Since the Trudeau government announced the plans to go ahead with their $15-billion military exports contract, an increasing number of citizens have been voicing their concerns. Citizens want to see more transparency involved with the deal and they want to know how it was determined by the Canadian government that there would be no possible risk for the Saudis to use these weapons against civilians.
Just this year Saudi Arabia has come under harsh criticism over their recent beheading or dozens of their citizens. Many people around the world have condemned the executions and are baffled at how a nation that operates in this way could be tasked to head a United Nations (UN) Human Rights Council. Overall however, the response from the West over Saudi executions is largely muted. There is far more coverage on Western media for the beheadings that are carried out by others like those involved with terrorist organizations. However, there is still pause for concern that weapons sent to Saudi Arabia could end-up being used for an unjustified cause.
Trudeau previously made the pledge that he would be accepting of the new Arms Trade Treaty (ATT) which went into force in December of 2014. So far, both Canada and Saudi Arabia haven't agreed to the treaty. However, Trudeau supporters will be expecting to see him follow through with this promise. Trudeau also has yet to make good on his pledge to address sensitive and controversial sections of Bill C-51 and to implement legalization, although he has signaled that he is moving in the direction of tackling both.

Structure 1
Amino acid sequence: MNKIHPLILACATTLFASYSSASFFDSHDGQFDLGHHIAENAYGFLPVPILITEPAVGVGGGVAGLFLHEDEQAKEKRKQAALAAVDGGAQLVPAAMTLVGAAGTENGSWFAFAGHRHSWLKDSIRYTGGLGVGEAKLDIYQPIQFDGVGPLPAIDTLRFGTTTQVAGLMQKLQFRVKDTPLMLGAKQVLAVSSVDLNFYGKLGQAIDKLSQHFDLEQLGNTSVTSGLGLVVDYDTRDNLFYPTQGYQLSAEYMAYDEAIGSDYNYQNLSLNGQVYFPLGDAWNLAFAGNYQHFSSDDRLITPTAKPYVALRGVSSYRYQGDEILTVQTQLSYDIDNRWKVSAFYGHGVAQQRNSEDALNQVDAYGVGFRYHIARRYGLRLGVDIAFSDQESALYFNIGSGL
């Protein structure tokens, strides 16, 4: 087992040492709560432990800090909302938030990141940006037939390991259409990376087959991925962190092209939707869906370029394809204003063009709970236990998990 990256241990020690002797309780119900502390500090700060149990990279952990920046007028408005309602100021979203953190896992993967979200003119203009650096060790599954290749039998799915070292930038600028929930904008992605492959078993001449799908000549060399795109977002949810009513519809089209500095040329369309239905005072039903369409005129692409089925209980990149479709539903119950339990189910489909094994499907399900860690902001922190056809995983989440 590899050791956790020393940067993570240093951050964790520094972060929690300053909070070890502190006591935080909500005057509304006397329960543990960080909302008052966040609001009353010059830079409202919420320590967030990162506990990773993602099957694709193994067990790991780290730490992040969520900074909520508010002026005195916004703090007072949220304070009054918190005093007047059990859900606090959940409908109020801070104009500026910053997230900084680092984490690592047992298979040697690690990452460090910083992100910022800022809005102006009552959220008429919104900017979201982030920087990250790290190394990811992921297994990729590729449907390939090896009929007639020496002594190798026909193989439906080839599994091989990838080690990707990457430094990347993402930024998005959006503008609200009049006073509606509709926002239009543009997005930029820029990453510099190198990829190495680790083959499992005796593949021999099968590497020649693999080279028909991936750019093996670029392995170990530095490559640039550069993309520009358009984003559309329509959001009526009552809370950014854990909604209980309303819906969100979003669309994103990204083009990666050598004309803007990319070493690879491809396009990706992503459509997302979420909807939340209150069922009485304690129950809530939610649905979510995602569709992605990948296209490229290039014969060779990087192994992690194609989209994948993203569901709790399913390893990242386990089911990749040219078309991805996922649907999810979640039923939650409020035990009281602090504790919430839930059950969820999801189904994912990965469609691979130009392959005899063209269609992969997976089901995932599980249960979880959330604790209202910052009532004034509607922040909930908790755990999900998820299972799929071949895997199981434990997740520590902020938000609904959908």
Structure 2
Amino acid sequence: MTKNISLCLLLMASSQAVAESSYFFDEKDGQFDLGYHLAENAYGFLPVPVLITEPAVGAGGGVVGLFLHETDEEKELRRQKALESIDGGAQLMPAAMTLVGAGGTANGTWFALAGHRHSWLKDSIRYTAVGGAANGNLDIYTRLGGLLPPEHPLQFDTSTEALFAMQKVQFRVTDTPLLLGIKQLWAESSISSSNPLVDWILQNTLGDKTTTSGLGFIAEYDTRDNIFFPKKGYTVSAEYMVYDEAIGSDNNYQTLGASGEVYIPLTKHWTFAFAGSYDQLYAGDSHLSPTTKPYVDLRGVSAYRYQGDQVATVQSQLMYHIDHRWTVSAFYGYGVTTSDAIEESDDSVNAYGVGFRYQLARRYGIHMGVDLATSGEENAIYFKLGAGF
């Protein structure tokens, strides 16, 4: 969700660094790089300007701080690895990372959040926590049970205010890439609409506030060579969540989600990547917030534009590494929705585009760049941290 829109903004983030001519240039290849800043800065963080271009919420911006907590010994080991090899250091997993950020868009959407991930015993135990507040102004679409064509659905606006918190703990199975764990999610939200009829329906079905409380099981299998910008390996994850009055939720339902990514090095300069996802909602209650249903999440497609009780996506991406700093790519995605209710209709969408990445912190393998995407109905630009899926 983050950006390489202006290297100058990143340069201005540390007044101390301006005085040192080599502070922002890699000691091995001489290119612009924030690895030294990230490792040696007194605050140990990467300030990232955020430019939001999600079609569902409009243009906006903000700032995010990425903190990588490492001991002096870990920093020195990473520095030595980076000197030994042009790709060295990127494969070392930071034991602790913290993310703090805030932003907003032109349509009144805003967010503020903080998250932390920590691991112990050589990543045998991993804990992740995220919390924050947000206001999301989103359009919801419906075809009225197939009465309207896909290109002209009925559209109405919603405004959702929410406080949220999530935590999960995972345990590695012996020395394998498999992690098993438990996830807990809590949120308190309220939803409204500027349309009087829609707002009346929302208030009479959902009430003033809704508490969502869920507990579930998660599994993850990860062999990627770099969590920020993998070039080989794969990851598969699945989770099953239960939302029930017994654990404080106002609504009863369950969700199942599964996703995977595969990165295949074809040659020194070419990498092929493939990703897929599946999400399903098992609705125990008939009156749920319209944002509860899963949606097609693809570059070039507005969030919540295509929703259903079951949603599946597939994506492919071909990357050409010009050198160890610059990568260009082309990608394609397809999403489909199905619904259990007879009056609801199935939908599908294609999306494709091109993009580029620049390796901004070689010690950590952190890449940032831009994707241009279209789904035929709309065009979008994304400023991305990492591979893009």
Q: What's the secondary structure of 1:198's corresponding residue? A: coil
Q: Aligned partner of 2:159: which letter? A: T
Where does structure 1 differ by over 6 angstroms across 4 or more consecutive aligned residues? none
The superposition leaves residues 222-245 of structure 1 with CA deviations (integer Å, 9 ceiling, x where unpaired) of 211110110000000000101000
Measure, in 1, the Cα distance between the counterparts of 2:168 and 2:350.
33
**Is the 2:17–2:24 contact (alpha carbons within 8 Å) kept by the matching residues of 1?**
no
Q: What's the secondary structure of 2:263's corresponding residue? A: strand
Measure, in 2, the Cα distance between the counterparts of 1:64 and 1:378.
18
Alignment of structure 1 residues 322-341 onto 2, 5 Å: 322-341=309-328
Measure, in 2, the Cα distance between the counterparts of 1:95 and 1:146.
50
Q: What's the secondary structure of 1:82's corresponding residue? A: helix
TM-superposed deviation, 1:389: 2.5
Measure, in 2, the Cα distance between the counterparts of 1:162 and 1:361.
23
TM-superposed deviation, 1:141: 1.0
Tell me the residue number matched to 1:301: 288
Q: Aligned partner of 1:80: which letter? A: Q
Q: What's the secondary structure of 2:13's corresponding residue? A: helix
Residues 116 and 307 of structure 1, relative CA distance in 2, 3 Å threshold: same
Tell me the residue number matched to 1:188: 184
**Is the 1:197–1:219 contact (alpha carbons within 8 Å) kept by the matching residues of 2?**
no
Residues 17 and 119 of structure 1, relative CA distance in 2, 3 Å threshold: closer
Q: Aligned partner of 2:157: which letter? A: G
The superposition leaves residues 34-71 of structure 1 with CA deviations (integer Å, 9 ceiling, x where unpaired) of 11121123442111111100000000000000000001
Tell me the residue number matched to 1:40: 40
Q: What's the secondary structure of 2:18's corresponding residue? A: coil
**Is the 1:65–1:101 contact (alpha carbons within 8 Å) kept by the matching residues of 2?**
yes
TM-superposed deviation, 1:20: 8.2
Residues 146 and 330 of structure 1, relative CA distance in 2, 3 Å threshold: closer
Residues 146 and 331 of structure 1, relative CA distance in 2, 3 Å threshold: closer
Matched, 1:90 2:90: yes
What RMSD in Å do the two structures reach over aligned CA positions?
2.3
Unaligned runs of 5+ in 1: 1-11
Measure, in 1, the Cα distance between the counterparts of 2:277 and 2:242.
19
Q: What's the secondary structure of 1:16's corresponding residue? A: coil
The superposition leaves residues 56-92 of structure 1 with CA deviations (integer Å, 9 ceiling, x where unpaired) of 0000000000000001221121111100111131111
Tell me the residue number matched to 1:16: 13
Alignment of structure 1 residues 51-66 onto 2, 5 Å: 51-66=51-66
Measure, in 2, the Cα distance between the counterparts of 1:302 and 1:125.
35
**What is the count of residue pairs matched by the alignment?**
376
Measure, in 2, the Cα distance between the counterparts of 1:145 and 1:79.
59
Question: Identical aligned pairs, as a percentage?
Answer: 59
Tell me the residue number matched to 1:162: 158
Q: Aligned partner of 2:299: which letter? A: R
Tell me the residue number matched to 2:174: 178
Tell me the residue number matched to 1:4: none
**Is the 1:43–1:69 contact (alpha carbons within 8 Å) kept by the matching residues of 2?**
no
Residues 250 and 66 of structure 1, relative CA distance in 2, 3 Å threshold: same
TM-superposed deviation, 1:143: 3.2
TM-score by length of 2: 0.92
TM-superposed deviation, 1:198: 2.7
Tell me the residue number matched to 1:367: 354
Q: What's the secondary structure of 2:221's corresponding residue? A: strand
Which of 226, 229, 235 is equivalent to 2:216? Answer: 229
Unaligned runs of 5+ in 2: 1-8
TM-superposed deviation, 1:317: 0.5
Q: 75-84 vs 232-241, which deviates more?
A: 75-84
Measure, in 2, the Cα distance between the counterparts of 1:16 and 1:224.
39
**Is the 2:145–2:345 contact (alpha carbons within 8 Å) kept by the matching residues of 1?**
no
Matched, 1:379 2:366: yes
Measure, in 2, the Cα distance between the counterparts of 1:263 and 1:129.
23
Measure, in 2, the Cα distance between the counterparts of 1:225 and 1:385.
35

This deal between Saudi Arabia is going to be the largest military export contract that Canada has ever seen. And citizens are calling on the Trudeau government to address concerns surrounding the valid questions regarding this controversial $15-billion dollar arms deal. Meanwhile, it was announced this week that there is a lack of funding in Toronto for 24-hour winter homeless shelters, as political representatives allegedly left a gap within their funding for the program next year. Food bank use is also on the rise in general as more Canadians struggle to meet their daily needs. But we can somehow justify spending billions on sending weapons to Saudi Arabia and on bombing Syria.
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